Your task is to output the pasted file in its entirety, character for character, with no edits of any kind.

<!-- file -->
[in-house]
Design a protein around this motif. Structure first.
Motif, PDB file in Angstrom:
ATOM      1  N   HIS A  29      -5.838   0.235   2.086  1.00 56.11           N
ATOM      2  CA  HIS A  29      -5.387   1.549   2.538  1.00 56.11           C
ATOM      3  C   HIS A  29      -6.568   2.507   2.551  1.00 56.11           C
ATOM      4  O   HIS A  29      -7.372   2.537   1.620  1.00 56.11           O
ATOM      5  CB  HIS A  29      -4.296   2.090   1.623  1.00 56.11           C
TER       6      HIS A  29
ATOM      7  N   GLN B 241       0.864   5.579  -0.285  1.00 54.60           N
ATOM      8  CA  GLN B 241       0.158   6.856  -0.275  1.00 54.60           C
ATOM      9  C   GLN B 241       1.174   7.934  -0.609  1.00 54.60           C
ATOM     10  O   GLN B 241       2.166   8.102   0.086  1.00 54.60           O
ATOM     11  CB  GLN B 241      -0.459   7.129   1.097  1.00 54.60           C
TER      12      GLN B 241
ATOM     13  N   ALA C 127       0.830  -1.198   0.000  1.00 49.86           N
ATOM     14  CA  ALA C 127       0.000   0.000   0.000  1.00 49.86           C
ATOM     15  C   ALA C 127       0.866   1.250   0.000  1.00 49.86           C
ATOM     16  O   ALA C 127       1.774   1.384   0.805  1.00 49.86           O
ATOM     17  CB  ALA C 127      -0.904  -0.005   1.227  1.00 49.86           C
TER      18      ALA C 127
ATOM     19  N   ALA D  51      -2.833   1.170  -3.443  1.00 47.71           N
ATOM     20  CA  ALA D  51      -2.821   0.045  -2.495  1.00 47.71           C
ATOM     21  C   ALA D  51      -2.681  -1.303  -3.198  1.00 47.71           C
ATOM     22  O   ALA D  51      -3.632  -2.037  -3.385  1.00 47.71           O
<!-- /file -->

[in-house]
Design a protein around this motif. Structure first.
Motif, PDB file in Angstrom:
ATOM      1  N   HIS A  29      -5.838   0.235   2.086  1.00 56.11           N
ATOM      2  CA  HIS A  29      -5.387   1.549   2.538  1.00 56.11           C
ATOM      3  C   HIS A  29      -6.568   2.507   2.551  1.00 56.11           C
ATOM      4  O   HIS A  29      -7.372   2.537   1.620  1.00 56.11           O
ATOM      5  CB  HIS A  29      -4.296   2.090   1.623  1.00 56.11           C
TER       6      HIS A  29
ATOM      7  N   GLN B 241       0.864   5.579  -0.285  1.00 54.60           N
ATOM      8  CA  GLN B 241       0.158   6.856  -0.275  1.00 54.60           C
ATOM      9  C   GLN B 241       1.174   7.934  -0.609  1.00 54.60           C
ATOM     10  O   GLN B 241       2.166   8.102   0.086  1.00 54.60           O
ATOM     11  CB  GLN B 241      -0.459   7.129   1.097  1.00 54.60           C
TER      12      GLN B 241
ATOM     13  N   ALA C 127       0.830  -1.198   0.000  1.00 49.86           N
ATOM     14  CA  ALA C 127       0.000   0.000   0.000  1.00 49.86           C
ATOM     15  C   ALA C 127       0.866   1.250   0.000  1.00 49.86           C
ATOM     16  O   ALA C 127       1.774   1.384   0.805  1.00 49.86           O
ATOM     17  CB  ALA C 127      -0.904  -0.005   1.227  1.00 49.86           C
TER      18      ALA C 127
ATOM     19  N   ALA D  51      -2.833   1.170  -3.443  1.00 47.71           N
ATOM     20  CA  ALA D  51      -2.821   0.045  -2.495  1.00 47.71           C
ATOM     21  C   ALA D  51      -2.681  -1.303  -3.198  1.00 47.71           C
ATOM     22  O   ALA D  51      -3.632  -2.037  -3.385  1.00 47.71           O